Midway through Harry Potter and the Deathly Hallows, Part II, when Harry returns to Hogwarts, in short order, Professor McGonagall triumphantly takes back the school and prepares for the battle to end all battles by:
a) ordering Filch to take Slytherin House down to the dungeon
b) telling Dean Thomas and Seamus Finnegan to confer with one another about how to blow up part of the castle as she recalled Mr. Finnegan being awfully fond of pyrotechnics
c) telling Professor Flitwick to use Voldemort’s real name because he was going to try to kill him anyway
d) calling on the stone warriors to protect the castle
e) And following that up with “I’ve always wanted to use that spell.”
It was awesome, and delightfully badass. Dan Radcliffe, Rupert Grint, Emma Watson, Michael Lewis and company gave moving performances in the final, emotional installment of my childhood’s pop culture equivalent.But it was gratifying to see talented veterans like Maggie Smith and Alan Rickman get to really do what they do best after a decade of most of their lines beginning with the words “Mr. Potter.”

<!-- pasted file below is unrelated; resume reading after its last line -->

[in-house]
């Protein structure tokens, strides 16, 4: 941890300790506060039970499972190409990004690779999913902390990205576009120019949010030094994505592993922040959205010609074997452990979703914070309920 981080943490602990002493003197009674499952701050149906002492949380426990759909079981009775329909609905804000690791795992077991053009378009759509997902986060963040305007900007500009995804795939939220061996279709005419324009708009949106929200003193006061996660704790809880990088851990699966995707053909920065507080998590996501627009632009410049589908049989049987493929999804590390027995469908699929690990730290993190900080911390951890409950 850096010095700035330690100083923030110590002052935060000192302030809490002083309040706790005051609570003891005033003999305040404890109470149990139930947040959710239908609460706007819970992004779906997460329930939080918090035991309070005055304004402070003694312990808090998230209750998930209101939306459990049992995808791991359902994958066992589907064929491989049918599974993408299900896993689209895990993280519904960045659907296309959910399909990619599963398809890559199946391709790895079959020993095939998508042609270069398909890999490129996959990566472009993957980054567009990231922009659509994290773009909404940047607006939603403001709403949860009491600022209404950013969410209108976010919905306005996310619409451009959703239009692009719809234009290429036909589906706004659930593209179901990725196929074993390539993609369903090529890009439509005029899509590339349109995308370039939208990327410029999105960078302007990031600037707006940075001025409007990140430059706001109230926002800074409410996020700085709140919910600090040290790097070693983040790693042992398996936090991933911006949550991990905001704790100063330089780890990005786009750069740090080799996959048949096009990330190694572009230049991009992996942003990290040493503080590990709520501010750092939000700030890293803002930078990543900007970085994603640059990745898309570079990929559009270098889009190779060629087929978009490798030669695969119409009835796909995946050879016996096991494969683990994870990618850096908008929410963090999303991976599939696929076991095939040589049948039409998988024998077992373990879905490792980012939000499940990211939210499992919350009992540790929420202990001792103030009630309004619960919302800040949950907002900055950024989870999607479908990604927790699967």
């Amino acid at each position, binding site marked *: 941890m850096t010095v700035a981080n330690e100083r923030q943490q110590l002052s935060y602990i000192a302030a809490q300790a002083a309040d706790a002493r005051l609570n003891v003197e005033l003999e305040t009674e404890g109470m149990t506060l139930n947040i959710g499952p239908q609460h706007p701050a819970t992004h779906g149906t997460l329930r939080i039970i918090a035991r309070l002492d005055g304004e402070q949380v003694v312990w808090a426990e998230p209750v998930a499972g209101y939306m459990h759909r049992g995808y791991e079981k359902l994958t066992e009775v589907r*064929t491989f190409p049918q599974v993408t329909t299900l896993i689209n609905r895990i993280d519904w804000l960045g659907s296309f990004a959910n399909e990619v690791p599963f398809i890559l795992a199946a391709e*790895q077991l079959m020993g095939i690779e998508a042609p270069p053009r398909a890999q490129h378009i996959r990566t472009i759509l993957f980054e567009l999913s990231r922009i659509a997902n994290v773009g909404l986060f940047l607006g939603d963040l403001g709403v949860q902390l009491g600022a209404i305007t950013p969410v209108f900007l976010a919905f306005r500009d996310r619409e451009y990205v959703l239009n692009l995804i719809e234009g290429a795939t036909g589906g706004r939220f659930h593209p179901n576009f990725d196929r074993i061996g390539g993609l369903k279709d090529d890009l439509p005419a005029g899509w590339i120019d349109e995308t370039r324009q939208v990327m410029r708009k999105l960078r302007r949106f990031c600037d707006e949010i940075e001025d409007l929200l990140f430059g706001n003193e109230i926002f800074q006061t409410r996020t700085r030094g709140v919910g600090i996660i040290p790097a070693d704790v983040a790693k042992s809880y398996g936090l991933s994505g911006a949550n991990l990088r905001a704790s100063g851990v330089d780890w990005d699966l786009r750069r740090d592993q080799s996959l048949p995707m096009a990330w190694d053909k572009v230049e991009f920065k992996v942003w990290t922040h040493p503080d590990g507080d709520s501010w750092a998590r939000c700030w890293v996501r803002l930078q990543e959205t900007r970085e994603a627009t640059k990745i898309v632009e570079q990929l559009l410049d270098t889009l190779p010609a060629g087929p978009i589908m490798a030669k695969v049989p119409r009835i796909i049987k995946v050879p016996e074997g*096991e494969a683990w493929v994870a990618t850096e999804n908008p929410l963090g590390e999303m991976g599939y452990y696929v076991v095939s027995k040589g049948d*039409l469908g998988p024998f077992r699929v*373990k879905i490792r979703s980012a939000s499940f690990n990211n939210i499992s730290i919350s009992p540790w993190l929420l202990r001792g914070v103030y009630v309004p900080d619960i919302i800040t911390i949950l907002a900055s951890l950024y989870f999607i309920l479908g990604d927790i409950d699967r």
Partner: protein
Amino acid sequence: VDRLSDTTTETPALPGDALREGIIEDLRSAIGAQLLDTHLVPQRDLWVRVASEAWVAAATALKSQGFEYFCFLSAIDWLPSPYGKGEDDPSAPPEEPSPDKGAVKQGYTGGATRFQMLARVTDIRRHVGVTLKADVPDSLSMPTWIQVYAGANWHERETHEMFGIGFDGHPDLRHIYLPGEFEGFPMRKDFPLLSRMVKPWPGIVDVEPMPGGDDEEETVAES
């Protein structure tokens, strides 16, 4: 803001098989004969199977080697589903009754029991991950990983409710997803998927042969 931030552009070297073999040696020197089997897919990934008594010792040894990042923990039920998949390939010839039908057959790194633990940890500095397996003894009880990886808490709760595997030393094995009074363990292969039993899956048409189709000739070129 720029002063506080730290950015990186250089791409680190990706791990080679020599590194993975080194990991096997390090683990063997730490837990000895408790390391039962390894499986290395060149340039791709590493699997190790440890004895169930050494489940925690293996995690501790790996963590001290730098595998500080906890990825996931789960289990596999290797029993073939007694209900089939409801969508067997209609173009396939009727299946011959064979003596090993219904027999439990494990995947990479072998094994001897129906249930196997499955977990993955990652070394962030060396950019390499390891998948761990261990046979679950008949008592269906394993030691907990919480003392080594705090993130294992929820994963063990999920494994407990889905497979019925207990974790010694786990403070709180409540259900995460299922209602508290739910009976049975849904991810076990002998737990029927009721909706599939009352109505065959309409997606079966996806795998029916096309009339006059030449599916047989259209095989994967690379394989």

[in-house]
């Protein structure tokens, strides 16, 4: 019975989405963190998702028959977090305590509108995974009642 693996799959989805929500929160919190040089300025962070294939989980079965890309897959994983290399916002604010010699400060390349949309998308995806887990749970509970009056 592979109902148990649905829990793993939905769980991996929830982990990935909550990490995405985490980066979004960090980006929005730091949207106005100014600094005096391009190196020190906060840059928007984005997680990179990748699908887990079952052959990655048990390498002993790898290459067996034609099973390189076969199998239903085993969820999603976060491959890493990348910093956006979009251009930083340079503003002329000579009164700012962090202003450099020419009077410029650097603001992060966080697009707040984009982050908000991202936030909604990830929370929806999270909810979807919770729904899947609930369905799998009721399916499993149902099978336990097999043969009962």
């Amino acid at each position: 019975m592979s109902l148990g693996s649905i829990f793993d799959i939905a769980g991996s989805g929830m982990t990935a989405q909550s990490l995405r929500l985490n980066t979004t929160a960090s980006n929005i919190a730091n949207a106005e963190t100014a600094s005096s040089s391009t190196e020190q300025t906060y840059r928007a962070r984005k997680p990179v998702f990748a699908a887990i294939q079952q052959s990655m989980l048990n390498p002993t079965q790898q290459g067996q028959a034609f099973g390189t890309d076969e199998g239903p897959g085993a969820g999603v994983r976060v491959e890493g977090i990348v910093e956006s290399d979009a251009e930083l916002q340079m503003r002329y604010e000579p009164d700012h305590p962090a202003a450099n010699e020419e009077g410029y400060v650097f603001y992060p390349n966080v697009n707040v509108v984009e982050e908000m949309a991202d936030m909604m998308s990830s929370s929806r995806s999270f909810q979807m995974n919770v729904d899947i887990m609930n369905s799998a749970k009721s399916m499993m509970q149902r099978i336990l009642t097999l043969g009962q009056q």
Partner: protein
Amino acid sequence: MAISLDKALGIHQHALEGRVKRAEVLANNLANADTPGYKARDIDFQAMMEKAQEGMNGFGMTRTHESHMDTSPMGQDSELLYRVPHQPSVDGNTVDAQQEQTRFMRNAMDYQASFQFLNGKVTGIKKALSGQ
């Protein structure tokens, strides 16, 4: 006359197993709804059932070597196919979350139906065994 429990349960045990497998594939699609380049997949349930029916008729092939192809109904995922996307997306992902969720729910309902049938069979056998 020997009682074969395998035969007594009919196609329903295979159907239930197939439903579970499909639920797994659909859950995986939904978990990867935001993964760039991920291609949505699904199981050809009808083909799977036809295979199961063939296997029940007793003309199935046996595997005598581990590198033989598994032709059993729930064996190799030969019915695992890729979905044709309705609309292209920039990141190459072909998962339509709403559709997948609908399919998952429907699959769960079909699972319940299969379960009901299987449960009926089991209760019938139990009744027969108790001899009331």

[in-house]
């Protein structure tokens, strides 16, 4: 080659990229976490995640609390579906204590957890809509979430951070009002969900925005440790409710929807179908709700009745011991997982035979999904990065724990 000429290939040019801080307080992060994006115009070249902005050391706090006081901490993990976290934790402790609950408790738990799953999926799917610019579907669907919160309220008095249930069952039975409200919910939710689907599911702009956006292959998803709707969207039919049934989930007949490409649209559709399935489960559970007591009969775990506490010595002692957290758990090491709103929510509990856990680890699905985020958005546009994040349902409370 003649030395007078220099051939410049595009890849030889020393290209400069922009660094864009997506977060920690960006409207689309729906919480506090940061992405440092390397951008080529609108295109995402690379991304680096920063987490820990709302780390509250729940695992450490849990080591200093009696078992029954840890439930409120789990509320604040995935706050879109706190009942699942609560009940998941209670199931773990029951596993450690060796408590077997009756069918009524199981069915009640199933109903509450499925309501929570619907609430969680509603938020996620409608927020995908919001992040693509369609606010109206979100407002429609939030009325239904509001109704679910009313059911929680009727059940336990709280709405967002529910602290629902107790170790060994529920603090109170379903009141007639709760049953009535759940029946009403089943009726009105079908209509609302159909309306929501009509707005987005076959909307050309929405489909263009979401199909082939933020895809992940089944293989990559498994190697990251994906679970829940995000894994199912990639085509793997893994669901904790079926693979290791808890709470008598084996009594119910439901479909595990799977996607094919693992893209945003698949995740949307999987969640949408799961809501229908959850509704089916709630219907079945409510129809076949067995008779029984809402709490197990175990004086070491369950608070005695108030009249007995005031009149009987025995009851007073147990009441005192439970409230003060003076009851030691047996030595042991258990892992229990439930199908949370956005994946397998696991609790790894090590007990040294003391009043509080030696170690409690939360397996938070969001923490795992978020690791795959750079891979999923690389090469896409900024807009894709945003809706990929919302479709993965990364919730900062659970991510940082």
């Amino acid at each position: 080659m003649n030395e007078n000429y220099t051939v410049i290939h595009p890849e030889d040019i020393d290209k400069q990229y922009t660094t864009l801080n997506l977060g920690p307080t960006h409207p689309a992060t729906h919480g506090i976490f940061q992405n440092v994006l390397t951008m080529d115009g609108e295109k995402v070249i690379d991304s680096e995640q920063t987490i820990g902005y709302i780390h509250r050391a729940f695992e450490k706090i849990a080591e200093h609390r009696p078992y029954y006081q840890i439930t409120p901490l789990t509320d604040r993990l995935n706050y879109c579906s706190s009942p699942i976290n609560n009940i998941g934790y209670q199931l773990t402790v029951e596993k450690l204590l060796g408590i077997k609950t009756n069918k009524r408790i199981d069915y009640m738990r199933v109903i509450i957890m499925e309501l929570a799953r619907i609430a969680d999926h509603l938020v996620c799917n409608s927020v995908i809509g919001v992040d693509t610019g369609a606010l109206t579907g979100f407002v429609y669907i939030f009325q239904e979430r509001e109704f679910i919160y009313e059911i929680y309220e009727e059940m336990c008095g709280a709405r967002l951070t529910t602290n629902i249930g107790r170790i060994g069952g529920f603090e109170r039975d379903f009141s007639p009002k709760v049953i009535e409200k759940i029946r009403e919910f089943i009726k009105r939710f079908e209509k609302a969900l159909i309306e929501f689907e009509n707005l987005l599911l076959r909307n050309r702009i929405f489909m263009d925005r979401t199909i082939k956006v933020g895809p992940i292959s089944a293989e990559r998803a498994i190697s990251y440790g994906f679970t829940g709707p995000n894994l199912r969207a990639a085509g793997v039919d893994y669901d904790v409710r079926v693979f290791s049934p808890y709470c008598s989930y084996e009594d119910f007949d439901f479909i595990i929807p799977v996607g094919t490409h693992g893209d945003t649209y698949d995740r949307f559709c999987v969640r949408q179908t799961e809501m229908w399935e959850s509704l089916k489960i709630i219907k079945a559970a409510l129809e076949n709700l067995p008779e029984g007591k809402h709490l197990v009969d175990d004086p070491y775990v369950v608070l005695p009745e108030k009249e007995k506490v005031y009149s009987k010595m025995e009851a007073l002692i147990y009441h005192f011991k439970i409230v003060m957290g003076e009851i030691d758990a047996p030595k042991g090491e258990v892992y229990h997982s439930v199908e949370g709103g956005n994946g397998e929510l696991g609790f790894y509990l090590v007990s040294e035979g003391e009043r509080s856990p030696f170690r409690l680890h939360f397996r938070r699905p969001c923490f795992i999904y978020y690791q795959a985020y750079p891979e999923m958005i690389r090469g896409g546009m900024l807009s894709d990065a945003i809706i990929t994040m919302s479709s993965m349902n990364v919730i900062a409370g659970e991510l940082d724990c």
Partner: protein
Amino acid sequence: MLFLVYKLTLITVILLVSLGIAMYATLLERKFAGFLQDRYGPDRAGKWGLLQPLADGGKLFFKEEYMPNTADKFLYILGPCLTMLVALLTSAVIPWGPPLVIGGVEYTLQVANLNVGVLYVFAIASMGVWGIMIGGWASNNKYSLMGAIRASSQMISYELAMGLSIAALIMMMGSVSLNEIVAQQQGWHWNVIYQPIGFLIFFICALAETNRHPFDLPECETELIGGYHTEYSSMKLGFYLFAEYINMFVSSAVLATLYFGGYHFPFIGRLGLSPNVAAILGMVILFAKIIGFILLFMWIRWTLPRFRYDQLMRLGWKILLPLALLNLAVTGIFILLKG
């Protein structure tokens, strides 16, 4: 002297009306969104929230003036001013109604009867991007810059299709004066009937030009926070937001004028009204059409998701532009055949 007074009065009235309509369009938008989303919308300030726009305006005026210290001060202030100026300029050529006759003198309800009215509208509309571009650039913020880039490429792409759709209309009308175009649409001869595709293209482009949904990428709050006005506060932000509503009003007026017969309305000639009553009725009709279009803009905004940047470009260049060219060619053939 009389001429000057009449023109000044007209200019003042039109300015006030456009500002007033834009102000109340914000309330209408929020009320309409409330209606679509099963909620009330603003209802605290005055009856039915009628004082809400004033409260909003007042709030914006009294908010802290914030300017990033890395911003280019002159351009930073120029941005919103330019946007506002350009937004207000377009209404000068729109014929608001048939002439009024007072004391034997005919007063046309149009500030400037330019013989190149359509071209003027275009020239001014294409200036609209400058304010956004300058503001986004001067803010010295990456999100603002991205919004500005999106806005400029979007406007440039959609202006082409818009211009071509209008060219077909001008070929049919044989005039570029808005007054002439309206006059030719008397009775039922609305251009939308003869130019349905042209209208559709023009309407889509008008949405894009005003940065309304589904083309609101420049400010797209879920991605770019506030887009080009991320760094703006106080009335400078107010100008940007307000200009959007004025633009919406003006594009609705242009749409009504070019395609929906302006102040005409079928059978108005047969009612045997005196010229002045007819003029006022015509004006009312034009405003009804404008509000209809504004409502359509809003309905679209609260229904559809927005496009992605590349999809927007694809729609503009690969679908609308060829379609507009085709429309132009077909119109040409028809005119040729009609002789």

Emotionally manipulative? Perhaps. But not going to lie, I did tear up a bit.
Since opening weekend I have been thinking a lot about why it mattered so much to me. And from the standpoint of the nine year old whose third grade teacher read a few chapters of “Harry Potter and the Sorcerer’s Stone ,” during snack time, it isn’t too hard to figure out. Owls, wizards, faraway places, fantastical names. What was not to like?
But as I got older, it wasn’t just the fact that I was growing up alongside these characters that resonated with me, but that this world grew and flourished from a place of real struggle. J.K. Rowling first conceived of and wrote the story when she was on welfare and at a seriously low point. And the world is a tough place right now.
When Harry asks if his limbo King’s Cross is real in the final pages of “Deathly Hallows,” Dumbledore replies, “Of course it is happening inside your head, Harry, but why on earth should that mean that it is not real.” Rowling’s personal accomplishment and the universe she created is proof enough that words and ideas will always be our last, best resource.